Responding to media reports of recent studies that emphasized the dangers of angioplasty in women compared to men, Dr. Alexandra J. Lansky, MD, Director of the Angiographic Core Laboratory and the Women's Cardiovascular Health Initiative at the Cardiovascular Research Foundation, said that the comparison to men overshadows the true benefit to women of early intervention.
“Recent news reports suggest that women do not fare as well as men following angioplasty. However, a cumulative view of the research on this topic overwhelmingly indicates that early intervention does benefit women, and in fact, prevents death and heart attacks,” said Alexandra J. Lansky, MD, Director of the Angiographic Core Laboratory and the Women's Cardiovascular Health Initiative at the Cardiovascular Research Foundation.
A national expert on the topic of interventional cardiology in women, Dr. Lansky is the medical director of www.hearthealthywomen.org and is the lead author of the American Heart Association Statement on Interventional Cardiology in Women.
“We should be comparing interventional strategies in women to other therapies in women, in order to determine whether or not they are beneficial. The comparison to men is largely irrelevant,” Dr. Lansky said.
Dr. Lansky will be speaking on this and other topics pertaining to women’s heart health at TCT 2007 during the “Optimizing Care for Women with Cardiovascular Disease” lunchtime workshop on at Monday October 22 from 12:15-1:30 pm. TCT 2007 is being held at the Washington, DC Convention Center. Dr. Lansky is co-chairing this session with Alice Jacobs, MD former president of the American Heart Association.
In women with stable angina, a milder form of chest pain caused by narrowings in coronary arteries that are not immediately life threatening, PCI relieves chest pain symptoms better than medical therapy. In women who have more serious forms of the disease such as unstable chest pain, mild heart attack, or heart attack, PCI improves survival and reduces the chances of having a heart attack in the future.
Dr. Lansky said that women have a higher risk of bleeding complications than men, which may be caused by excessive doses of blood thinners given during the procedure; “but this is not cause enough to withhold life saving procedures from our female patients”.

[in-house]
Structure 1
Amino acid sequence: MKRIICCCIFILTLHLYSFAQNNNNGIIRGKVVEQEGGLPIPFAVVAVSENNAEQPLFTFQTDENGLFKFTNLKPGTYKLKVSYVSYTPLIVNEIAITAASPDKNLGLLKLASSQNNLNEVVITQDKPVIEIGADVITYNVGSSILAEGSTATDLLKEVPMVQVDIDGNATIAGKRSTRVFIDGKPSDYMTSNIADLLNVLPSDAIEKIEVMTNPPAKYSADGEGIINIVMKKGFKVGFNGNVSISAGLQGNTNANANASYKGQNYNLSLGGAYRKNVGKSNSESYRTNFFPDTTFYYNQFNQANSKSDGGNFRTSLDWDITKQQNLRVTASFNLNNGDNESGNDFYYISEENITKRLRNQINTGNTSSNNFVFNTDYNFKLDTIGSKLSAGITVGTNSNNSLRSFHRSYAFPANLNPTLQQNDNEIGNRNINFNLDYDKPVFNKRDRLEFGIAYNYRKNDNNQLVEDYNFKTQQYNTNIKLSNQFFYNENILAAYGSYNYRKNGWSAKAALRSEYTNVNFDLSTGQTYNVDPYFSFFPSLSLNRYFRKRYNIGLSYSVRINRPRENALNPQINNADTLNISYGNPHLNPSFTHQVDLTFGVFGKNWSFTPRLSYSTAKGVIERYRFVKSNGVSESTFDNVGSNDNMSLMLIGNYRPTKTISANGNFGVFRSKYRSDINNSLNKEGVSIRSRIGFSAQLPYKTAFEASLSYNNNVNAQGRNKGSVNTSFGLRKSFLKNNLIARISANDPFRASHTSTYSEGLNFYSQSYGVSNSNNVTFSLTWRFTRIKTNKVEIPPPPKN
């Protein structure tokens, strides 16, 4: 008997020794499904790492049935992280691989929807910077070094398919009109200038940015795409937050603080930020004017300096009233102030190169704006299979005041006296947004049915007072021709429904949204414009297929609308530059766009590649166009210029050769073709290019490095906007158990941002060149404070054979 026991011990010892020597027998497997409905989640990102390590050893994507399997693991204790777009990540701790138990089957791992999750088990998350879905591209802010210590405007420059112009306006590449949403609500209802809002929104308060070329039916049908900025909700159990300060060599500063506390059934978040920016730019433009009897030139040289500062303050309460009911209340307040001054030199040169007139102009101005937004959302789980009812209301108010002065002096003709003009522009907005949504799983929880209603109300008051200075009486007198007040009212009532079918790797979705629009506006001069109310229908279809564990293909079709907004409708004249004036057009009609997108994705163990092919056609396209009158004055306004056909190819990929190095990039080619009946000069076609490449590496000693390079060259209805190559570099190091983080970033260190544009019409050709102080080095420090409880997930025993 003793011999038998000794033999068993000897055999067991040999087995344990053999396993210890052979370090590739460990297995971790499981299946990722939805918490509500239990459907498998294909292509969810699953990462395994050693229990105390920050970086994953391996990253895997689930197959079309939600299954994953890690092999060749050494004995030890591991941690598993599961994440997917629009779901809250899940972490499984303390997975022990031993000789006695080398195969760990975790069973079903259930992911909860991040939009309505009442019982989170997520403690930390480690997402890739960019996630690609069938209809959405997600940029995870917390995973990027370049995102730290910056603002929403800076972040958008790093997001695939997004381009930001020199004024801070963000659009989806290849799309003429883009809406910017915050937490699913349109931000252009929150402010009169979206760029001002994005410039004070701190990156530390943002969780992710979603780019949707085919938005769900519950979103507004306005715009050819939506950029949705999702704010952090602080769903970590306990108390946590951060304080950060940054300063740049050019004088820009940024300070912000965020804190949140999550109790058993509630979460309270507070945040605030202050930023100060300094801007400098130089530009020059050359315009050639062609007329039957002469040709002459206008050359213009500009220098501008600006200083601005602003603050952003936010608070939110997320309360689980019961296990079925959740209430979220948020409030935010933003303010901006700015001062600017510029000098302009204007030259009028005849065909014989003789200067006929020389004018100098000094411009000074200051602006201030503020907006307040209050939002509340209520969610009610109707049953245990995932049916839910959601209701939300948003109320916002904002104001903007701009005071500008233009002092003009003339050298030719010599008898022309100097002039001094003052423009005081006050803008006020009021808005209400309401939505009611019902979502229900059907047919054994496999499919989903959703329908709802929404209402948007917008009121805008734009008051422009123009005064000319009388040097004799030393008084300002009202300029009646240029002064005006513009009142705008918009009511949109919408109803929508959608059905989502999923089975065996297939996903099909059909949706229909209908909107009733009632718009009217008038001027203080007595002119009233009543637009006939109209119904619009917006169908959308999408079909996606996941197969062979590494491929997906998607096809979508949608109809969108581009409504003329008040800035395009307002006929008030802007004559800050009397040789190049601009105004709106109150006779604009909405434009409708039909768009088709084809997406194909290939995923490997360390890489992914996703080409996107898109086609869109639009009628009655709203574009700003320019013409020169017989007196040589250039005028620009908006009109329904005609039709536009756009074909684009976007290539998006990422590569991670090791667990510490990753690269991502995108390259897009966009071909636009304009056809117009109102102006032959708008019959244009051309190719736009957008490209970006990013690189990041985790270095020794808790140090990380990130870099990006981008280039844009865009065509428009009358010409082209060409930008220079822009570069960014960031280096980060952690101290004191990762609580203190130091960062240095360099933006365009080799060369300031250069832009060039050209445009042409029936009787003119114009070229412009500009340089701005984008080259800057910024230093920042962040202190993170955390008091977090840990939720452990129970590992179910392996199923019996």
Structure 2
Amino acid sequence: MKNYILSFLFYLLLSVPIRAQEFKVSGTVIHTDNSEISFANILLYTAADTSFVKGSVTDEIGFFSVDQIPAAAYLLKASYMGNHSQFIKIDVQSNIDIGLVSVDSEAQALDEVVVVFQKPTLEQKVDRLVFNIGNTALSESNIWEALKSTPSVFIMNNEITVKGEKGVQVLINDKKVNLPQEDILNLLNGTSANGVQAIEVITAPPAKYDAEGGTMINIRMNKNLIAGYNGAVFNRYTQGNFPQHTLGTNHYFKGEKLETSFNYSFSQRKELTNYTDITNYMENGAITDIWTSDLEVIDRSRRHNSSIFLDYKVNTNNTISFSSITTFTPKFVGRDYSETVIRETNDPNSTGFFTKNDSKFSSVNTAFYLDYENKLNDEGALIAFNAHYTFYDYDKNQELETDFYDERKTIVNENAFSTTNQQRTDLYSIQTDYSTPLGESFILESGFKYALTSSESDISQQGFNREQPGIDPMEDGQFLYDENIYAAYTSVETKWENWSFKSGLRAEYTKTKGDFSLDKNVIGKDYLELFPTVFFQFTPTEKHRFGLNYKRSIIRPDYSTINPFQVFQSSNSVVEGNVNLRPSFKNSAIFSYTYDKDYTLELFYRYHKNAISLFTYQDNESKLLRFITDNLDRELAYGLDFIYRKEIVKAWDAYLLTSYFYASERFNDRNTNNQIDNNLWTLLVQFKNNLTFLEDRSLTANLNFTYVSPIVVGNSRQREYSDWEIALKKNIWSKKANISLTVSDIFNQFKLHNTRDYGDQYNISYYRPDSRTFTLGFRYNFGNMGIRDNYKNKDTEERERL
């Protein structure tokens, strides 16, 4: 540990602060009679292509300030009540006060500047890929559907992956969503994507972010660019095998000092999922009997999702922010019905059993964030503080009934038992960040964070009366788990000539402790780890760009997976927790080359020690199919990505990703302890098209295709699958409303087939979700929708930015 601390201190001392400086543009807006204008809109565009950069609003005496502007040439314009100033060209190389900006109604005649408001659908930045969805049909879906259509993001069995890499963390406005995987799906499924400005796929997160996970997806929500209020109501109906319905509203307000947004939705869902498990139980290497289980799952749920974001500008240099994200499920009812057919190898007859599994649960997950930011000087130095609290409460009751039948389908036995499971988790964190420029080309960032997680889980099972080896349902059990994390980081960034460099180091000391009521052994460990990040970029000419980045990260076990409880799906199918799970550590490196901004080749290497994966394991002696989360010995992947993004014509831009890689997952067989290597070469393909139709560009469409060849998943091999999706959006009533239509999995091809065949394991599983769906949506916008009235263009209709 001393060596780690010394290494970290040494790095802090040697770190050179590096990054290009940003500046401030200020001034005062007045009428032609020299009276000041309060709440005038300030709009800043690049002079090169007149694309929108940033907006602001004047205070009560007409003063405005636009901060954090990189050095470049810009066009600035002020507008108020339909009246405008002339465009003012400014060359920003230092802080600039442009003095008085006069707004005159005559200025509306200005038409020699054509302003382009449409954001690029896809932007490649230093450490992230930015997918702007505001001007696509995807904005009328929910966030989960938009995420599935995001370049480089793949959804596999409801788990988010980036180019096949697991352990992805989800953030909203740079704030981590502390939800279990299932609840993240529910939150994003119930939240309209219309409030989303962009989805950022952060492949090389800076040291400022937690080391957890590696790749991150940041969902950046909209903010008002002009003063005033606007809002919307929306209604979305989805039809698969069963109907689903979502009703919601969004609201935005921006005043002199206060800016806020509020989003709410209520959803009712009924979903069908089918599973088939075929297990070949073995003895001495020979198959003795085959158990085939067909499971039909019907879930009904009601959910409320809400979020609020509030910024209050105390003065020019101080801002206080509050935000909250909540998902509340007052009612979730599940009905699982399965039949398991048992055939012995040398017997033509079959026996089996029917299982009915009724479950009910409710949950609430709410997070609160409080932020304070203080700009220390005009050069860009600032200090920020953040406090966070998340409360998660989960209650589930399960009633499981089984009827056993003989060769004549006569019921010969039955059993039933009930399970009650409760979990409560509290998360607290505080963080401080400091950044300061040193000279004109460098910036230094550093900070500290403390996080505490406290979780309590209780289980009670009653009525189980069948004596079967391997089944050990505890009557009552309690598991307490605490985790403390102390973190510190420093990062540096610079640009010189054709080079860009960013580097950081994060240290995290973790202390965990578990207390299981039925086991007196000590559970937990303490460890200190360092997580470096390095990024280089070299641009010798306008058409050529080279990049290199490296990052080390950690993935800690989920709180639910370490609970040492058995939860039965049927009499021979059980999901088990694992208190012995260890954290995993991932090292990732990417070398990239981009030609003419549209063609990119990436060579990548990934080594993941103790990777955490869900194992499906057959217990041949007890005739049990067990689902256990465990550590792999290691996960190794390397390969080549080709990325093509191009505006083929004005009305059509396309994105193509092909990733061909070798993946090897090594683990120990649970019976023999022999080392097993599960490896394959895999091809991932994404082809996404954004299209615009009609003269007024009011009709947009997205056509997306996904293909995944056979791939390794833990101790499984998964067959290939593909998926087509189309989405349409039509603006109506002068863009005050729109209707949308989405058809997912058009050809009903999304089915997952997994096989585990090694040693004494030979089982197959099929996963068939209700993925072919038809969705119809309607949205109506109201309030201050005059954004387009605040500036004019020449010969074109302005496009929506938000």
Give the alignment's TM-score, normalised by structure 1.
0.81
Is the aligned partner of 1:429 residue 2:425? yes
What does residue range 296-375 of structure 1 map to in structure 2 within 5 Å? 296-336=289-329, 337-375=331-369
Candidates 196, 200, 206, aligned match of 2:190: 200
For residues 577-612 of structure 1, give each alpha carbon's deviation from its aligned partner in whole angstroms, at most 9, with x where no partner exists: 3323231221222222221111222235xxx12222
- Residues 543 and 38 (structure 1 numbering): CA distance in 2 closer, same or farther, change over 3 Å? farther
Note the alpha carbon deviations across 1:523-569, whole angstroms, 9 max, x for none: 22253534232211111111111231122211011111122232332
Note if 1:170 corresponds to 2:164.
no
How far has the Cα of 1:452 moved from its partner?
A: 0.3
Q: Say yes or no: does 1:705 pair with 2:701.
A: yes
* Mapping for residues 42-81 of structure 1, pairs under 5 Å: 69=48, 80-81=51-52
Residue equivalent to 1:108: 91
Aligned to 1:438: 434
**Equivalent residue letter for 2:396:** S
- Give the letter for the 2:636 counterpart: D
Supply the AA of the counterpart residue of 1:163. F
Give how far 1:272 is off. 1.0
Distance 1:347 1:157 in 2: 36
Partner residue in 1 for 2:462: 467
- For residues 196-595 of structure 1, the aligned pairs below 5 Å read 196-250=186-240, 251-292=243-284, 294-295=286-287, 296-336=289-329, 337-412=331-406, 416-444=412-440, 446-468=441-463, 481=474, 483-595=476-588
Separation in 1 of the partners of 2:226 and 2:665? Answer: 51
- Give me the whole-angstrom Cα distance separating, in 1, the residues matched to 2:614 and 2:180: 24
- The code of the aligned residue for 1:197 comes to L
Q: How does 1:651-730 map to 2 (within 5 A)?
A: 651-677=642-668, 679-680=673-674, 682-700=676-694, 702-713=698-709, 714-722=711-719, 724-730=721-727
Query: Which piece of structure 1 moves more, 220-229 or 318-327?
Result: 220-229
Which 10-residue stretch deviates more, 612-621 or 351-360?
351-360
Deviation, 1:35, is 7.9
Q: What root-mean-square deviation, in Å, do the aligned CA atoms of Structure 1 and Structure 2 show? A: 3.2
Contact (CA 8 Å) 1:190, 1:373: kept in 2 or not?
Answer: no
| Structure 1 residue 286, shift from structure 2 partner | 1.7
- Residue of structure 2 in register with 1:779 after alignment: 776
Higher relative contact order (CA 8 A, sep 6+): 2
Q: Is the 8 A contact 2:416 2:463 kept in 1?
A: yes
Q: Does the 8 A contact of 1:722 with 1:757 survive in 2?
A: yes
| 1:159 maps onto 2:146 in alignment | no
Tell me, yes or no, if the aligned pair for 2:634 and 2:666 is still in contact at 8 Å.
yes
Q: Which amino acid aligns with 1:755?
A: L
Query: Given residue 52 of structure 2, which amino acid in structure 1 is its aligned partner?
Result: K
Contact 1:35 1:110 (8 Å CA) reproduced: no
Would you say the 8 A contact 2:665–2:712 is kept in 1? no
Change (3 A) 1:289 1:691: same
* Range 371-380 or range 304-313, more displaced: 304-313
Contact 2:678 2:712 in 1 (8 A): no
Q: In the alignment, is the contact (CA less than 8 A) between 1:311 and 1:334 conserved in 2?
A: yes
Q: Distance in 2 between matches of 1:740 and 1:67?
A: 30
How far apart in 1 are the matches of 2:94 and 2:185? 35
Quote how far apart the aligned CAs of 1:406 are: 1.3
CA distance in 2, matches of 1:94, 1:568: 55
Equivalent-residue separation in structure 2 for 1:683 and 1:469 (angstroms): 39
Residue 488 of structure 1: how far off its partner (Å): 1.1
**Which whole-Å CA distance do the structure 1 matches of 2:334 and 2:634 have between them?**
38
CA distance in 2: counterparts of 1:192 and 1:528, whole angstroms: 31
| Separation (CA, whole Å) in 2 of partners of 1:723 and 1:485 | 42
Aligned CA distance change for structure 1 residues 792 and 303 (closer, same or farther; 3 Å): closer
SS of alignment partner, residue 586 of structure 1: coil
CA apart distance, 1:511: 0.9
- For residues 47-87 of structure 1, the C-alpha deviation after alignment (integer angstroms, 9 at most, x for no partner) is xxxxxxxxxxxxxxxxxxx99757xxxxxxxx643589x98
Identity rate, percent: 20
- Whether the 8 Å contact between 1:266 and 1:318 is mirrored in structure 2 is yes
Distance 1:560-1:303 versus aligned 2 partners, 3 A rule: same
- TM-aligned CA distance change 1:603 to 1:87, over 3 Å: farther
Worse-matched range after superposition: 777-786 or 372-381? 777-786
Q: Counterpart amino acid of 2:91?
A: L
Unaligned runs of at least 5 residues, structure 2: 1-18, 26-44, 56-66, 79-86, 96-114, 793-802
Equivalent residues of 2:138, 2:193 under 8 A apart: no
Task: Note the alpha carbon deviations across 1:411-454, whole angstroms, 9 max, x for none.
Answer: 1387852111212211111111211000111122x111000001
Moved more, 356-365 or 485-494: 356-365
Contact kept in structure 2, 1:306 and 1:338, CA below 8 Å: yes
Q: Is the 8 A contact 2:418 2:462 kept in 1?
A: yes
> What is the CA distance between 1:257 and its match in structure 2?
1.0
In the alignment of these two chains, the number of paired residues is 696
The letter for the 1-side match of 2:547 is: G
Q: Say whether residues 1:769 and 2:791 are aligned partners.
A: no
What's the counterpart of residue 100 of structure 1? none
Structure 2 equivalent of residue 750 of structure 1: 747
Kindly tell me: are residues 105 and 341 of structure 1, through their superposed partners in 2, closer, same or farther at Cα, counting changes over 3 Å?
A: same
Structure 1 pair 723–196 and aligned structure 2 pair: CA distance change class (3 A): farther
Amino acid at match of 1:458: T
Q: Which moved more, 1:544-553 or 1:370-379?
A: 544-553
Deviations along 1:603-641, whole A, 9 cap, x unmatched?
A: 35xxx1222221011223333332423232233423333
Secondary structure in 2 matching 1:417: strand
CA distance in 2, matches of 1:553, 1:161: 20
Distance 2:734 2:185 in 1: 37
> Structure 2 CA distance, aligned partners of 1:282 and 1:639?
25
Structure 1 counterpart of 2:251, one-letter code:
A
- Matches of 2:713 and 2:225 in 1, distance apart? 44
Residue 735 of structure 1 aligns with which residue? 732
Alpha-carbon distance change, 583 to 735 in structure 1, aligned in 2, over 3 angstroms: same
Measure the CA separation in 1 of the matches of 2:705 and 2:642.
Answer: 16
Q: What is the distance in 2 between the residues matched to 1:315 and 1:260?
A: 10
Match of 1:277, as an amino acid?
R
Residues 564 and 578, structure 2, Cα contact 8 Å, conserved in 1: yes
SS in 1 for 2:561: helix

However, she cautioned that recent studies comparing men to women – often looking at only a few hundred patients -- have been overemphasized and that as a result, the public has been receiving inaccurate messages.
“Everyone is confused: the media, physicians, and patients. Worse yet, women are now afraid to call for help when they need it most.”
“The message to the public should clearly be that early intervention benefits women with acute coronary syndromes (mild and severe heart attacks). Women should not delay coming to the hospital if they suspect a heart attack and should not be afraid should they need an angioplasty - it could save their life” Dr. Lansky said.
Dr. Lansky is the Director, Angiographic Core Laboratory and the Women's Cardiovascular Health Initiative at the Cardiovascular Research Foundation. For more information on the role of intervention in women’s health, visit www.hearthealthywomen.org. And, for interviews with Dr. Lansky contact David Harrison, at 410-804-1728.
About CRF and TCT
The Cardiovascular Research Foundation (CRF) in New York City is an independent, non-profit academic institution dedicated to improving the survival and quality of life of patients with cardiovascular disease through research and education. For more than 15 years, CRF has played a major role in realizing dramatic improvements in the lives of patients by establishing the safe use of new technologies and therapies in the subspecialty of interventional cardiology and endovascular medicine.